Llewelyn “Llew” Pritchard’s phone has been ringing off the hook ever since Poncho announced that the party was over.
The “big magilla” of Northwest philanthropy — its formal name is the Patrons of Northwest Civic, Cultural and Charitable Organizations — announced its own passing the other day. After 50 years and some $35 million donated to 218 arts organizations, Poncho is packing up and folding into The Seattle Foundation as a legacy fund.
It’s the end of an era for Seattle society. Every April, founders Paul and Margery Friedlander, Kayla and David Skinner and Ruth and William Blethen drew a crowd that included Bagley and Ginny Wright and Herman and Faye Sarkowsky, to snap up auction items that no amount of money could get you otherwise.
Want the Garfield Marching Band to play in formation in your backyard? Raise your paddle. Want the Pacific Ballet corps to serve at your dinner party? Cut a check. You could drink gin martinis and eat tuna sandwiches in front of the fish at the Seattle Aquarium. Just give us your credit-card number.
- Residents return to ‘war zone’ in wake of Wenatchee wildfire
- Woman knocked unconscious by falling drone during Seattle's Pride parade
- Nurse dies from injuries in attack near CenturyLink Field
- How ISIS methodically groomed a lonely young Wash. state woman
- Lake City residents fight to regain use of now-private beach
Most Read Stories
Best of all, you didn’t even feel it, thanks to the late, great auctioneer Dick Friel egging you on.
“The jewel of all auctions!” Pritchard crowed the other day. He started with Poncho as a volunteer in 1968 and joined the board in 1969.
“I have seen the glory days,” Pritchard glowed. “Some have died and gone to heaven,” he said. “But everybody had a story.”
Bobby Arnold riding home on a scooter he bought. “Poncho pesos.” And, oh, the animals.
“Little ponies and dogs and cats that people paid $10,000 for,” Pritchard said, “and always named Poncho.”
Howard Wright used to stay up late to see what his parents bought at Poncho. One year, they bought a hippo they kept at the zoo. Another year, it was a fire engine.
“We wanted to go out with some change in our pocket, not having run it into the ground,” Pritchard said. “But it leaves a little hole in my heart.”
Life on “These Streets”
Come on back to Seattle, Carrie Akre, and talk to us about failure!
Ever the good sport, the singer/songwriter was game the other night, when she sat before a small crowd at The Project Room to talk about her music career, which started in the frenzied days of grunge (ugh, hate that word), and never managed to scale the fickle fortress of national fame.
Akre’s story was woven into the plot of “These Streets,” a theatrical love letter to the women who rocked Seattle in the early ’90s. The show opened at ACT last weekend and runs through March 10.
Akre, who moved to Minneapolis 18 months ago with her husband and son, came back to Seattle for the play’s opening, and to give a talk at The Project Room, which was opened by visual artist Jess Van Nostrand in 2011 to host themed presentations by artists of all stripes.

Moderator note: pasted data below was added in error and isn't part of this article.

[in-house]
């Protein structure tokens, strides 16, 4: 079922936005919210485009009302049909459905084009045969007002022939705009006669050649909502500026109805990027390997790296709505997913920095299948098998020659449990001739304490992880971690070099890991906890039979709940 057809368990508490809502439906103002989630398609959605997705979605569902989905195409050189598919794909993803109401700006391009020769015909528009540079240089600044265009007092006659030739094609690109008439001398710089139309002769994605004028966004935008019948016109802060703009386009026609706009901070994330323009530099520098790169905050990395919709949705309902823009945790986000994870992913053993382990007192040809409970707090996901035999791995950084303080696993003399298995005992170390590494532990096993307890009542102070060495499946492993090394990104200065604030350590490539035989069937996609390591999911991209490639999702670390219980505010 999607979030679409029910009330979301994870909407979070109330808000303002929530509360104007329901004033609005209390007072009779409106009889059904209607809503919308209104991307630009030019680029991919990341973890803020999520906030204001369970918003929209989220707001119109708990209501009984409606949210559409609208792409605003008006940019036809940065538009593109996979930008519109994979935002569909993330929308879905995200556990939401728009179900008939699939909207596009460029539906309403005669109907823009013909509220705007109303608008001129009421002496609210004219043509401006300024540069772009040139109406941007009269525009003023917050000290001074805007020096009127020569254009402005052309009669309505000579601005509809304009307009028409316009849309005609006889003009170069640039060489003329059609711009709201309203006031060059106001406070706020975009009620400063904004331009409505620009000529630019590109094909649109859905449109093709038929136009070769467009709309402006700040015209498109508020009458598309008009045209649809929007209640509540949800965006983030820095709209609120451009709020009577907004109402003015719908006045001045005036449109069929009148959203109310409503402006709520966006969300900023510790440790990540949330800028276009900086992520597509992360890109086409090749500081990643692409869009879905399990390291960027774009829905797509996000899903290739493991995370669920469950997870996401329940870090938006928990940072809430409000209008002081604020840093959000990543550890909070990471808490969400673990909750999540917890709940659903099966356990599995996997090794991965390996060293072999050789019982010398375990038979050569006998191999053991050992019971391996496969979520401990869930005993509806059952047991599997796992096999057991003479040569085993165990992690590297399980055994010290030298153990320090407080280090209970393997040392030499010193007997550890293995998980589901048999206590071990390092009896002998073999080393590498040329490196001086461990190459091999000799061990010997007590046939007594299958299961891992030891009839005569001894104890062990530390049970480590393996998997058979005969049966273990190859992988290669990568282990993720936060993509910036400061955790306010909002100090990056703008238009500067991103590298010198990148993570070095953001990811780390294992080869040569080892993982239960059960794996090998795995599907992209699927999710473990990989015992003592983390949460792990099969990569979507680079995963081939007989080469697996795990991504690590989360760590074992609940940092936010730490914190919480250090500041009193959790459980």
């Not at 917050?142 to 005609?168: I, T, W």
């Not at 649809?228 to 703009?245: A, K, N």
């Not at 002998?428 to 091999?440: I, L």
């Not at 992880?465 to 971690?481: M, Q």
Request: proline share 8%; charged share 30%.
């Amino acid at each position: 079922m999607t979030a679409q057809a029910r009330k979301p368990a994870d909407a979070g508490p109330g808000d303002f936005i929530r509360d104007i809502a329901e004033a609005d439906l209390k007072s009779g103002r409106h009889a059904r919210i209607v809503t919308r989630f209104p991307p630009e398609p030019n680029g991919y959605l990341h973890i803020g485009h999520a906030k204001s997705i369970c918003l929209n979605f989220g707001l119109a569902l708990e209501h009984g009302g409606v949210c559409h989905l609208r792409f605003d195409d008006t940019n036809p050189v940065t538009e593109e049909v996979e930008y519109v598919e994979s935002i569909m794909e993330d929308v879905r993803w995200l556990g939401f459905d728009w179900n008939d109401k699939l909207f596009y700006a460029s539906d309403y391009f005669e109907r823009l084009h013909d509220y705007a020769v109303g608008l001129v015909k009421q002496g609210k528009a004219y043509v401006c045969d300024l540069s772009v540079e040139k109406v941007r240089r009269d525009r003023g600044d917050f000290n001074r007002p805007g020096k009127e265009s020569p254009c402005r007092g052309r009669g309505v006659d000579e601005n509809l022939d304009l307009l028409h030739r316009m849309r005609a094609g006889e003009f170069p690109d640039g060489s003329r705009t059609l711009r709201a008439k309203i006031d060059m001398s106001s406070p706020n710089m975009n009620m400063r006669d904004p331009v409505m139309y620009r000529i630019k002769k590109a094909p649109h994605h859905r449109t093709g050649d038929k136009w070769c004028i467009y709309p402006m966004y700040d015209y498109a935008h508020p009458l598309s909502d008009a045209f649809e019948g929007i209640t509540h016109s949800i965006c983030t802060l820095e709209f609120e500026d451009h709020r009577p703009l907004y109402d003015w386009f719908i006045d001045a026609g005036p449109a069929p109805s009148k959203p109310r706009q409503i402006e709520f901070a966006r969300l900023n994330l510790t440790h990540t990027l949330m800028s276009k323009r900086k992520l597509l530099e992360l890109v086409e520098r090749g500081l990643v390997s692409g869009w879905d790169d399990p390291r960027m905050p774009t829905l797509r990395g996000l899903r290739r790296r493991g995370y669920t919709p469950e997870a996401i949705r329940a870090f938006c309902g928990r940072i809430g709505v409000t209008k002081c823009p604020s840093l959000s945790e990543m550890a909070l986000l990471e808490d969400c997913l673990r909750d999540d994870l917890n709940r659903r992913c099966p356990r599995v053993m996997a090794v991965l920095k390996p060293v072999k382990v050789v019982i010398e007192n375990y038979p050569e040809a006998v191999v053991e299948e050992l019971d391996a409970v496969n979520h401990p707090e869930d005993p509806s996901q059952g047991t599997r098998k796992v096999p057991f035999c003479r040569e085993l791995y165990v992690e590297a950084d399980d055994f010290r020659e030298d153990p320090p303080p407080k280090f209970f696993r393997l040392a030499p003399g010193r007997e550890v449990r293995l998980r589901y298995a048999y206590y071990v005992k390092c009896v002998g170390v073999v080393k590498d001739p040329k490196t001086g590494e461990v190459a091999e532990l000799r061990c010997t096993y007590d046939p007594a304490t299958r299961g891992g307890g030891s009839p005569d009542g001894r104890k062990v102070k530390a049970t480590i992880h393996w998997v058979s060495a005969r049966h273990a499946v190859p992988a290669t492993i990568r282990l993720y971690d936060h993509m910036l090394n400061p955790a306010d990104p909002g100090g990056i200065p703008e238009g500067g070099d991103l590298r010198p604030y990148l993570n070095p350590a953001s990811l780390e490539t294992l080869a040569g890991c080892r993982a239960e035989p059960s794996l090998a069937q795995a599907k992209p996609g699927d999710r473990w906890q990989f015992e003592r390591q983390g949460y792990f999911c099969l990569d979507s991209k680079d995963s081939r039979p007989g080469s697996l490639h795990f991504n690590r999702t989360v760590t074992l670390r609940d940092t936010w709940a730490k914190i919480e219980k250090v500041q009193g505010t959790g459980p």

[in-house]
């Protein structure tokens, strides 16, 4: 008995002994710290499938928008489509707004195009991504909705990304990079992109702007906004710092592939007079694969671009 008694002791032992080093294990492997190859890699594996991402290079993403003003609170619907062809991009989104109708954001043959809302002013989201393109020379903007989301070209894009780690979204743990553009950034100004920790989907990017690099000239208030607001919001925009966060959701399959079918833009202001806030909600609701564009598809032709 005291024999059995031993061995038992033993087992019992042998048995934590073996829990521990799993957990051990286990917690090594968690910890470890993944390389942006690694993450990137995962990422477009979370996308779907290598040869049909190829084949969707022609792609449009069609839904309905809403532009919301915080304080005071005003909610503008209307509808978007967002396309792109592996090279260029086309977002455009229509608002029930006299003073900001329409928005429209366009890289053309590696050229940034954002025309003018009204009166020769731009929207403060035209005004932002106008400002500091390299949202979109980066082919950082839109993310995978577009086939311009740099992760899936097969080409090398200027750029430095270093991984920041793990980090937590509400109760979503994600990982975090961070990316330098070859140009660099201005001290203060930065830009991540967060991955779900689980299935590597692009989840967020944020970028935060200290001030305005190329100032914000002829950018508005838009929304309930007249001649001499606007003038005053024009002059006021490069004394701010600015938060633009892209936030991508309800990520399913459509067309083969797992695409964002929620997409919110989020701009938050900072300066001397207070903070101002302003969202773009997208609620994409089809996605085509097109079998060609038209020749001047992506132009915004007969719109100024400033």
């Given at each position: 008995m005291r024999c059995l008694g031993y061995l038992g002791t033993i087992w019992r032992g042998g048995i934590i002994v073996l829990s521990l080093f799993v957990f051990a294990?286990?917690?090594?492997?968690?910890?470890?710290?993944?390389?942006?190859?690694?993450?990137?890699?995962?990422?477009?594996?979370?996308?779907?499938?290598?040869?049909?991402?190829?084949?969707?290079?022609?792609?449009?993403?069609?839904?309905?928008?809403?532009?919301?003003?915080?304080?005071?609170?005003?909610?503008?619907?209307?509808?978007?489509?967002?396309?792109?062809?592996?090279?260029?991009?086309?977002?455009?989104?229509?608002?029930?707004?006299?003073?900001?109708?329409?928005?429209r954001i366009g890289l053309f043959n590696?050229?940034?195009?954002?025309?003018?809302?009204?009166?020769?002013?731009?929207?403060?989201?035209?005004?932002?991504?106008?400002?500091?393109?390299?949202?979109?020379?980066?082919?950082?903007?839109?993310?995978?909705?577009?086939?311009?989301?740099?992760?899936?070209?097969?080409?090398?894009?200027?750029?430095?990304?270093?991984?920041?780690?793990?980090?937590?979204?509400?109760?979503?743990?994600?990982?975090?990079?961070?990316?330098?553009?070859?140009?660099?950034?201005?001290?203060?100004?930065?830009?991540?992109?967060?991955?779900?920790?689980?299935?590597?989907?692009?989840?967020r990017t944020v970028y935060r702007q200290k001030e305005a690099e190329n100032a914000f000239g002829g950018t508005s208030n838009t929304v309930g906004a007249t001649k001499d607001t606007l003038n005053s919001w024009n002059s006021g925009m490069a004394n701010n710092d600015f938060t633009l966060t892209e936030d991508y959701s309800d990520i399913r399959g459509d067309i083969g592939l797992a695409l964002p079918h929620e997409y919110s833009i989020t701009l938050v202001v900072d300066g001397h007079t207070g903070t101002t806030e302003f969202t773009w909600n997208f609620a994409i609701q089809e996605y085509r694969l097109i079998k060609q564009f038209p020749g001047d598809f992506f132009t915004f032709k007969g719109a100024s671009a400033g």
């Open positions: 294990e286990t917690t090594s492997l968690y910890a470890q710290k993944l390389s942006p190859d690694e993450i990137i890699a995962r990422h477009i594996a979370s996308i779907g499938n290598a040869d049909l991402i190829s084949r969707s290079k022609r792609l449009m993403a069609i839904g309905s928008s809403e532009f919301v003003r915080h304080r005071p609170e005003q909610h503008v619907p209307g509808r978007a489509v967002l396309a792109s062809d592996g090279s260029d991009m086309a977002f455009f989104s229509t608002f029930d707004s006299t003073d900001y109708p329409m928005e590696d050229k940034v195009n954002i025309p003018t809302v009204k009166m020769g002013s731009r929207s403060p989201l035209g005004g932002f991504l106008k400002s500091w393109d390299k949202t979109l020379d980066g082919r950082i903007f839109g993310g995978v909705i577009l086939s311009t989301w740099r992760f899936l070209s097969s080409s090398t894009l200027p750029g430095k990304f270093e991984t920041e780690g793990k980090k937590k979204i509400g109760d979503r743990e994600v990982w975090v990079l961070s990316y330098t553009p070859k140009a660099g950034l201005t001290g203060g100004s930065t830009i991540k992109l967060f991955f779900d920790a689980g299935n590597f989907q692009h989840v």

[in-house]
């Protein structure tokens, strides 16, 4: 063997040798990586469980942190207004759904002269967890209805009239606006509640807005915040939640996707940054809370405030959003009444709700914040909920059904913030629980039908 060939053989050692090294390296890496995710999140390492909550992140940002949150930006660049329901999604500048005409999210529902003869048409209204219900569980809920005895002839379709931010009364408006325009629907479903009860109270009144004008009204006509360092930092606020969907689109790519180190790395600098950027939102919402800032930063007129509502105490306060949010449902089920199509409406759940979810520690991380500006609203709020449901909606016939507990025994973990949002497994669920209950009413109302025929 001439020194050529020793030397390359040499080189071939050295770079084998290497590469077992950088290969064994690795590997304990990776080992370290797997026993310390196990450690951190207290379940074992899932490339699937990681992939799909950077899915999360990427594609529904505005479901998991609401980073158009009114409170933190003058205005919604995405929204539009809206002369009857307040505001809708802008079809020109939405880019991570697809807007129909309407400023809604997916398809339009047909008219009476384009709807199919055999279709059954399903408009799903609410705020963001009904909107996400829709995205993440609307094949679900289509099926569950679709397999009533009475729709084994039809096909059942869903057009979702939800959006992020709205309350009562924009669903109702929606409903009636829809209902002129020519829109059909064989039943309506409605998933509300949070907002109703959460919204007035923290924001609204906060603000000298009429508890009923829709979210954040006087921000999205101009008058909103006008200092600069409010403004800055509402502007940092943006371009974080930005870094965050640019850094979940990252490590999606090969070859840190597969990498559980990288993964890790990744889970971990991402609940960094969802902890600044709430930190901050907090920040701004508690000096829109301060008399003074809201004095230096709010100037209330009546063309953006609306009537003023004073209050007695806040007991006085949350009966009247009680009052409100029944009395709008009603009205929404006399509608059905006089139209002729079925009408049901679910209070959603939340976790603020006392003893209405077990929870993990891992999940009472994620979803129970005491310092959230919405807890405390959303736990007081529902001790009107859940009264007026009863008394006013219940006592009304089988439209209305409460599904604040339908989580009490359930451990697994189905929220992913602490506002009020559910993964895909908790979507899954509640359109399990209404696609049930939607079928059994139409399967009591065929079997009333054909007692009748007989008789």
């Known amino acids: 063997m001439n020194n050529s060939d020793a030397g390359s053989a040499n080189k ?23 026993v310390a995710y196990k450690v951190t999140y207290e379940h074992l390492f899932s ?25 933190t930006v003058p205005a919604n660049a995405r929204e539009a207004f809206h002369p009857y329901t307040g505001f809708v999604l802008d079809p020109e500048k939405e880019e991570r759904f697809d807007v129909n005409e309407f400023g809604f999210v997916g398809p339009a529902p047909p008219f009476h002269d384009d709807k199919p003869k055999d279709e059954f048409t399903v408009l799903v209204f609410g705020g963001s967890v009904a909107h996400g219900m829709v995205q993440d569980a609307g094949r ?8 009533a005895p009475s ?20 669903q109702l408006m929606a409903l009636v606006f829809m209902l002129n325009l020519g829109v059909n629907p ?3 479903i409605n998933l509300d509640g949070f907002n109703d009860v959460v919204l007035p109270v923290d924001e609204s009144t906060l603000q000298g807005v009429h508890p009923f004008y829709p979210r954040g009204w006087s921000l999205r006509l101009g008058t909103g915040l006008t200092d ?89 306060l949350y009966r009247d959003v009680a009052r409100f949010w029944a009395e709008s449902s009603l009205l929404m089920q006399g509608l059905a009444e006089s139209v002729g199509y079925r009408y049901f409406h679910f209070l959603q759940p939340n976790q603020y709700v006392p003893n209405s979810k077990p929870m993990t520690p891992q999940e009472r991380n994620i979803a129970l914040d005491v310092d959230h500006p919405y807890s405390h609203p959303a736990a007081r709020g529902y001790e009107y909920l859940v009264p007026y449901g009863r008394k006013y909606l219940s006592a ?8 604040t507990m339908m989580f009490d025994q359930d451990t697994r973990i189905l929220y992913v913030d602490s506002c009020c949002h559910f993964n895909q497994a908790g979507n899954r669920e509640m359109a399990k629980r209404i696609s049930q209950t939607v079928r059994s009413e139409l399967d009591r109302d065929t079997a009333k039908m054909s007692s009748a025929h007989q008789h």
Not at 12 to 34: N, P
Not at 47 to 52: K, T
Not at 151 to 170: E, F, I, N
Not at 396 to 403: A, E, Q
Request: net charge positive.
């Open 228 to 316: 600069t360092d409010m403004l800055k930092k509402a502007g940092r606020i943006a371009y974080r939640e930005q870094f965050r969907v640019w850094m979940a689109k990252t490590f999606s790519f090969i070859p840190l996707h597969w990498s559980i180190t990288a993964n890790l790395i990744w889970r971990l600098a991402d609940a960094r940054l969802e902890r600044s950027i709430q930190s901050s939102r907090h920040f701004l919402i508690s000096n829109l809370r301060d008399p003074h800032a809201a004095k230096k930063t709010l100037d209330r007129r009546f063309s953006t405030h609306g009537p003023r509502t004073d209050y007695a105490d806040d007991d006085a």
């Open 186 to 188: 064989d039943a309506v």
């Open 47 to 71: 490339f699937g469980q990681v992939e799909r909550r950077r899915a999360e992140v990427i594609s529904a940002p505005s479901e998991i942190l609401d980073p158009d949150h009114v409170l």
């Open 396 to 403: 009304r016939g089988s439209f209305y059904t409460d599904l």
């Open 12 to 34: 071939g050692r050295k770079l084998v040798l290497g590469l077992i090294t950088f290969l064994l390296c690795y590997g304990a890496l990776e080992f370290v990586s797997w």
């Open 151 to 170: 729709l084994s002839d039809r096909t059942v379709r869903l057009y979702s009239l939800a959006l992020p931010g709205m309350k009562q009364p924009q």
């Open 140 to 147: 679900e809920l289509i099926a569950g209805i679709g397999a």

She talked about the ad in The Rocket that led her to a house in Greenwood (“I could have been killed!”), and to the formation of the band Hammerbox. Record deals emerged and fell apart; Hammerbox broke up; Akre formed another band called Goodness, and when that ended, she went out on her own. She married, had a baby and when she was offered a job at Target’s corporate offices, she went.
“I was feeling isolated and depressed,” she said. “I needed to be new, whatever that is, and I couldn’t do it here.”
Ever the rocker, Akre strains against corporate life. She makes wisecracks, and sits in meetings and wonders how she got there.
“In Minneapolis, where no one knows (anything) about me, I’ll think, ‘I used to be a rock star! But it’s all right, because the schools are really good here, right?’ I feel like Jim in ‘The Office,’ ” she said. “Ask me about order-management systems!”
Fill a Georgetown space with fashion-loving women, ply them with wine and cheese (and salami; there is always salami), put racks and tables of shoes, pants, dresses and coats behind yellow caution tape … and make them wait.
Then pull down the tape and get out of the way.
Such was the scene the other night when Megan McCabe and Dan Walter, partners in the Gather consignment store in Columbia City, held a fundraiser for Powerful Voices, a nonprofit that builds the self-esteem and skills of adolescent girls.
The couple collected eight months worth of dormant consignments that would have been donated to charity and sent a note to customers, alerting them to the event at Harper Studios. Each woman made a $20 donation at the door to grab as much as she could stuff into a shopping bag. If it didn’t all fit, plunderers could buy another bag for $20.
“It’s a good way to give back to the customers and have a fundraiser,” McCabe said before the tape came down. “I hope everyone leaves with one piece that they need and love.
“Dan thinks it will be like Ross Dress for Less on steroids.”
They were both right. Some grabbed and bagged, others found a corner to strip down and try on.
McCabe tipped me off to the location of the size 10 shoes (so?) and said she wouldn’t be joining the running of the broads.
“I’m a size 12-and-a-half,” she said. “Make sure you put that in there. I have yet to see a pair of 12-and-a-halfs come into the store.”
When the smoke cleared 20 minutes later, there wasn’t much left on the racks — but Walter had plenty of cash to count. I was going to ask how much, but I let him drink his well-earned vodka soda instead. Poor guy. But lucky girls.
Nicole Brodeur’s column appears Tuesday and Friday. Reach her at 206-464-2334 or email@example.com.